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J Infect Dis. 2015 May 1;211(9):1451-60. doi: 10.1093/infdis/jiu621. Epub 2014 Nov 10.

Plasma cytokine levels and risk of HIV type 1 (HIV-1) transmission and acquisition: a nested case-control study among HIV-1-serodiscordant couples.

Author information

1
Department of Epidemiology.
2
Vaccine and Infectious Disease Division, Fred Hutchinson Cancer Research Center, Seattle.
3
Department of Biostatistics.
4
Department of Epidemiology Vaccine and Infectious Disease Division, Fred Hutchinson Cancer Research Center, Seattle.
5
Department of Epidemiology Department of Global Health Department of Medicine.
6
Department of Global Health Department of Medicine Department of Pediatrics, University of Washington.
7
Department of Medicine, University of Manitoba, Winnepeg, Canada.
8
Department of Obstetrics, Gynecology, and Reproductive Sciences, University of California, San Francisco.
9
Perinatal HIV Research Unit, University of Witwatersrand, Johannesburg, South Africa.
10
Infectious Disease Institute, Makerere University, Kampala, Uganda.
11
Department of Global Health Department of Medicine Vaccine and Infectious Disease Division, Fred Hutchinson Cancer Research Center, Seattle.

Abstract

BACKGROUND:

A heightened proinflammatory state has been hypothesized to enhance human immunodeficiency virus type 1 (HIV-1) transmission - both susceptibility of HIV-1-exposed persons and infectiousness of HIV-1-infected persons.

METHODS:

Using prospective data from heterosexual African couples with HIV-1 serodiscordance, we conducted a nested case-control analysis to assess the relationship between cytokine concentrations and the risk of HIV-1 acquisition. Case couples (n = 120) were initially serodiscordant couples in which HIV-1 was transmitted to the seronegative partner during the study; control couples (n = 321) were serodiscordant couples in which HIV-1 was not transmitted to the seronegative partner. Differences in a panel of 30 cytokines were measured using plasma specimens from both HIV-1-susceptible and HIV-1-infected partners. Plasma was collected before seroconversion for cases.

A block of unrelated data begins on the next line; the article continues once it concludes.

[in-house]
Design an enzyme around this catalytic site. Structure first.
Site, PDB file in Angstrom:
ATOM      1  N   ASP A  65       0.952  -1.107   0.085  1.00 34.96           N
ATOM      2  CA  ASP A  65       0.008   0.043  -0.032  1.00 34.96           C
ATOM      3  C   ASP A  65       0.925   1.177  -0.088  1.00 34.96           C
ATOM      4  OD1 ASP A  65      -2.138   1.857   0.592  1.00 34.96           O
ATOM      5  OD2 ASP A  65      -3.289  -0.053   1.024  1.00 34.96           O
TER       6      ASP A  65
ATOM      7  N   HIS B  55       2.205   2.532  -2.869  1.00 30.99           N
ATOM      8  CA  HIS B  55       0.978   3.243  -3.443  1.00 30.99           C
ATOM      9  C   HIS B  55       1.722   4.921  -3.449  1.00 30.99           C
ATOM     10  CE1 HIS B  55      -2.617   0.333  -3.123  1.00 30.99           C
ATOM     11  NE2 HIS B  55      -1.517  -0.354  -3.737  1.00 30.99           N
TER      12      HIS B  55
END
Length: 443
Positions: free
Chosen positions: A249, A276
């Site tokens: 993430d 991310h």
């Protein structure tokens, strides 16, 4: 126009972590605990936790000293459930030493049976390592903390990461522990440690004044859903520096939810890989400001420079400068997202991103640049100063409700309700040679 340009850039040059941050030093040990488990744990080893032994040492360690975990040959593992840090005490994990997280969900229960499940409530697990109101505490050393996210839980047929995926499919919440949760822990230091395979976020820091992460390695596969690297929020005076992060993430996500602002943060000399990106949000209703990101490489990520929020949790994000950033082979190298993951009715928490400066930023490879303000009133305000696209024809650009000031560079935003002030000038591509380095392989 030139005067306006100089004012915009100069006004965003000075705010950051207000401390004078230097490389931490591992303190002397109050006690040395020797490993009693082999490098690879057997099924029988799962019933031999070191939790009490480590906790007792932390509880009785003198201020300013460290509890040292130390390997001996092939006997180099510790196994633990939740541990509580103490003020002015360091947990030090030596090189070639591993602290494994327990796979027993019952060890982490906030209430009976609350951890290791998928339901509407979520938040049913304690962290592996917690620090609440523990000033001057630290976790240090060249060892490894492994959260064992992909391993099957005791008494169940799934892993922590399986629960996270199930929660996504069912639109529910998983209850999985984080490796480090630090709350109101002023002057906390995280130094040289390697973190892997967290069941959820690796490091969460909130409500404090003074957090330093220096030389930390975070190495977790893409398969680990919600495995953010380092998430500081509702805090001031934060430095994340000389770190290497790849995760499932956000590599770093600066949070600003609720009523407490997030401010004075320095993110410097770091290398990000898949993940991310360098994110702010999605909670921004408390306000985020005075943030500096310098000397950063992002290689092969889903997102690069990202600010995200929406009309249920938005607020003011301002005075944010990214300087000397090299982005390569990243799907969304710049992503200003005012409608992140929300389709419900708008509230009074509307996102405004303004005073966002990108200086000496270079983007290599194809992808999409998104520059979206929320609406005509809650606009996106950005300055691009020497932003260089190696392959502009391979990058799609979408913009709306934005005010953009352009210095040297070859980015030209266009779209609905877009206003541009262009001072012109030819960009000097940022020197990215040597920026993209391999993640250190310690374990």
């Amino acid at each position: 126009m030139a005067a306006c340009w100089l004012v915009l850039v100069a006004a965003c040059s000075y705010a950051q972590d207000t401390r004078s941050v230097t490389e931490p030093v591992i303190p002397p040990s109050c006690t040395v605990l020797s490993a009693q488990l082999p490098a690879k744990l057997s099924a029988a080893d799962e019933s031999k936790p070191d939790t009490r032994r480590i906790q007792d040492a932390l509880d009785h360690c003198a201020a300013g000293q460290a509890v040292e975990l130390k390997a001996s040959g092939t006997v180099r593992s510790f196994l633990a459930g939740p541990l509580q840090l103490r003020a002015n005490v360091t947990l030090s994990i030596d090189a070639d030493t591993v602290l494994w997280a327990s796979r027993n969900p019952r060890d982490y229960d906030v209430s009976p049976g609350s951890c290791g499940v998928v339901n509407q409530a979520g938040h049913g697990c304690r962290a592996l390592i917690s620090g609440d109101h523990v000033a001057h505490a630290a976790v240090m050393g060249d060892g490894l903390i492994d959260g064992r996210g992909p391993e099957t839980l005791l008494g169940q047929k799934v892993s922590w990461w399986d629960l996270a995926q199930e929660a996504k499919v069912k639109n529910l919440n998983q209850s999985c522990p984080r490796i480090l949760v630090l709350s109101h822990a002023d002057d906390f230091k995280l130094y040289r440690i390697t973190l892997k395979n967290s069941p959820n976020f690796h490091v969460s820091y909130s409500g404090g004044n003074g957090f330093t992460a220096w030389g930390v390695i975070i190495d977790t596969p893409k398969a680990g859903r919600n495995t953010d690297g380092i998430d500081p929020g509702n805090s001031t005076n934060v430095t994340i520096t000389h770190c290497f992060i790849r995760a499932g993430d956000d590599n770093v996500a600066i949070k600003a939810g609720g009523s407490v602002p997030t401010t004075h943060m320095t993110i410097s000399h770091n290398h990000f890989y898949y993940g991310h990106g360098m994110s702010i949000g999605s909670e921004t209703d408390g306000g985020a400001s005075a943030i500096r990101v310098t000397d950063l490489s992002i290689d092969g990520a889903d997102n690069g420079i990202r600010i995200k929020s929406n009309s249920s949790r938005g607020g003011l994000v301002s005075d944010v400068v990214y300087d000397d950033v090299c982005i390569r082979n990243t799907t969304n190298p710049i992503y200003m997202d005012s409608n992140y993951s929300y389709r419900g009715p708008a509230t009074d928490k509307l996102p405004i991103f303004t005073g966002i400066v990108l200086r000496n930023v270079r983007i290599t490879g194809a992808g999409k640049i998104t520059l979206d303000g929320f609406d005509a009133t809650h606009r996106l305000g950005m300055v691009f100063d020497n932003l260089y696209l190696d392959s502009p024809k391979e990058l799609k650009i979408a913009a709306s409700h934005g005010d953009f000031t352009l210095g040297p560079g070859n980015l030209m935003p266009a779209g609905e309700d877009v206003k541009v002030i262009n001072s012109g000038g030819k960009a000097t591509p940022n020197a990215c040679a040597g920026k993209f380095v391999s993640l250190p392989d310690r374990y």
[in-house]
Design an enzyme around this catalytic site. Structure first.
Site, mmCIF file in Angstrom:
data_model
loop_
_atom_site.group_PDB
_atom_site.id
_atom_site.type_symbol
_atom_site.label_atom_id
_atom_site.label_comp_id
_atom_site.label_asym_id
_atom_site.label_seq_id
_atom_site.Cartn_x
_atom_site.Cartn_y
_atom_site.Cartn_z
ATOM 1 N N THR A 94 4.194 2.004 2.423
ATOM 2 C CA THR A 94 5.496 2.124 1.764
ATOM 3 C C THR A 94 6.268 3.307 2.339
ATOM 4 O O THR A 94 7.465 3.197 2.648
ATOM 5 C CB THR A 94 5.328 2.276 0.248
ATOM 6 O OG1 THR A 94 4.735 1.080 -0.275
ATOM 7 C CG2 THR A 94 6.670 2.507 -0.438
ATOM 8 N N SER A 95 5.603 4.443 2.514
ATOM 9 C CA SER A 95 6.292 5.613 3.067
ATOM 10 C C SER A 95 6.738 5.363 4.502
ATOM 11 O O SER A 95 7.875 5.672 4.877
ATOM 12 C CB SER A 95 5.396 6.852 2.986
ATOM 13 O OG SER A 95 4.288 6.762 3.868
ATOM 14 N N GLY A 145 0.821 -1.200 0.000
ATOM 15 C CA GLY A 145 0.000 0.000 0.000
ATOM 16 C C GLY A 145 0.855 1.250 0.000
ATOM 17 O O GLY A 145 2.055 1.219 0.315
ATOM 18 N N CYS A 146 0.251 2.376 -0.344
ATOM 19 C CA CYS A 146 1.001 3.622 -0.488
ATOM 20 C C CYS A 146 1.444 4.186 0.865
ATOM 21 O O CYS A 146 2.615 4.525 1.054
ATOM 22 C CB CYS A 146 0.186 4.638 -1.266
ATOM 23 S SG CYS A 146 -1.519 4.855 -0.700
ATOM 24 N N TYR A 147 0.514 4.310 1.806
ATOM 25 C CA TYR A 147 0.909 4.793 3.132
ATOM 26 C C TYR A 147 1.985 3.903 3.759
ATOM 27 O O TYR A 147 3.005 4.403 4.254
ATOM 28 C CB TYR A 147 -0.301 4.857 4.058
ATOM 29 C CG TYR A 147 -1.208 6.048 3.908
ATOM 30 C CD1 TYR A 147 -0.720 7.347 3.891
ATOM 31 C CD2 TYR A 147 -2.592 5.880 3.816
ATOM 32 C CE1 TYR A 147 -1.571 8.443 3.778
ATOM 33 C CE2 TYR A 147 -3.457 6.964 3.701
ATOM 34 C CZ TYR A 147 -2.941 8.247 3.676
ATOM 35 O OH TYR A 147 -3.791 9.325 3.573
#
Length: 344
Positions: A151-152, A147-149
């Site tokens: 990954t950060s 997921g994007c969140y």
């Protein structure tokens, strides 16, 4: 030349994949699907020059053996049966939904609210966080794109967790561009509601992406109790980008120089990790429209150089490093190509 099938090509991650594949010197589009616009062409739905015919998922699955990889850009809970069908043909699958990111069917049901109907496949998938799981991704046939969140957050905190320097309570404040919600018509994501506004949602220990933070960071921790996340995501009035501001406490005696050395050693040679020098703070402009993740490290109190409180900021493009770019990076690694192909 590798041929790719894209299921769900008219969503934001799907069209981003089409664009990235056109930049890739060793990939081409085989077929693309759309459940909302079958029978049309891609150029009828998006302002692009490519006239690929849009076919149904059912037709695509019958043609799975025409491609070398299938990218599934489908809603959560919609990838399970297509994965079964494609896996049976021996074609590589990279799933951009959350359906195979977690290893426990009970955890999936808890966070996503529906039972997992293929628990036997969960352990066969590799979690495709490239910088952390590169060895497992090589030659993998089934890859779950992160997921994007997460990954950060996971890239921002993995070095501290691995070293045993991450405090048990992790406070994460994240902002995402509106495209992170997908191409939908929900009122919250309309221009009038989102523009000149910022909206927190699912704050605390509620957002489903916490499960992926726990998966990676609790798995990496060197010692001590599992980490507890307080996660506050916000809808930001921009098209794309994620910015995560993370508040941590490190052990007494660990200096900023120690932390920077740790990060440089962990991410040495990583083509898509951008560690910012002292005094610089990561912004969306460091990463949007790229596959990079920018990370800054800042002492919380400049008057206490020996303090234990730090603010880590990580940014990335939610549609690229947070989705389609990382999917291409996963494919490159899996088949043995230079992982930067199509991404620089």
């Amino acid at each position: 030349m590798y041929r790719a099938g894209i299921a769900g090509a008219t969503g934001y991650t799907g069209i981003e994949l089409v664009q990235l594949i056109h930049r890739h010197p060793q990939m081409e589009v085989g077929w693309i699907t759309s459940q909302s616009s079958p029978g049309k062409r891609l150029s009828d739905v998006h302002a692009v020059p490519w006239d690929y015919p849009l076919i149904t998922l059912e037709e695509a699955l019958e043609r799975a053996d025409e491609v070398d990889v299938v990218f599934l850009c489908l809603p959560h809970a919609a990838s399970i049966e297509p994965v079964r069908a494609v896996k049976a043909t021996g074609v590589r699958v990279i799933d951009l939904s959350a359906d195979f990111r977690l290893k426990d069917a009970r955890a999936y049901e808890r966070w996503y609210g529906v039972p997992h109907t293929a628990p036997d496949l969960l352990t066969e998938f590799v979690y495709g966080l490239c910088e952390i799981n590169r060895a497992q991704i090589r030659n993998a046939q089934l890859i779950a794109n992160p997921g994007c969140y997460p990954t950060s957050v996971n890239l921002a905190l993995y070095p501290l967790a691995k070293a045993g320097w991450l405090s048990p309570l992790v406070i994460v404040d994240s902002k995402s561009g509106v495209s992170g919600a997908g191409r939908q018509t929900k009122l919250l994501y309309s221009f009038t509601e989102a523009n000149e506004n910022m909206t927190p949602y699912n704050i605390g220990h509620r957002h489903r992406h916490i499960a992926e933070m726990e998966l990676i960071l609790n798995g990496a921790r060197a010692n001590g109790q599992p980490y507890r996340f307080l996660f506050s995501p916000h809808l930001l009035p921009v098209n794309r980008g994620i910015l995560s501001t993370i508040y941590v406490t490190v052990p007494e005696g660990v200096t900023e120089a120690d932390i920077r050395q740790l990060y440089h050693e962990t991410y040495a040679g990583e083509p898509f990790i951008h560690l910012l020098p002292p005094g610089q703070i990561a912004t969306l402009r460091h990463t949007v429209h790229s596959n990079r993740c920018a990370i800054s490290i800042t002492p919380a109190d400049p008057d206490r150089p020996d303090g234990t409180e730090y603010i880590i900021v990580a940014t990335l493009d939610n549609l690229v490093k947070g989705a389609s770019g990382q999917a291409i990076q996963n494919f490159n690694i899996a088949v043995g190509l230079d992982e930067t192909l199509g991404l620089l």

RESULTS:

For both HIV-1-infected and HIV-1-susceptible partners, cases and controls had significantly different mean responses in cytokine panels (P < .001, by the Hotelling T(2) test), suggesting a broadly different pattern of immune activation for couples in which HIV-1 was transmitted, compared with couples without transmission. Individually, log10 mean concentrations of interleukin 10 (IL-10) and CXCL10 were significantly higher for both HIV-1-susceptible and HIV-1-infected case partners, compared with HIV-1-susceptible and HIV-1-infected control partners (P < .01 for all comparisons). In multivariate analysis, HIV-1 transmission was significantly associated with elevated CXCL10 concentrations in HIV-1-susceptible partners (P = .001) and with elevated IL-10 concentrations in HIV-1-infected partners (P = .02).

CONCLUSIONS:

Immune activation, as measured by levels of cytokine markers, particularly elevated levels of IL-10 and CXCL1, are associated with increased HIV-1 susceptibility and infectiousness.

KEYWORDS:

Africa; HIV-1 acquisition; immune activation

PMID:
25389306
PMCID:
PMC4447828
DOI:
10.1093/infdis/jiu621
[Indexed for MEDLINE]
Free PMC Article

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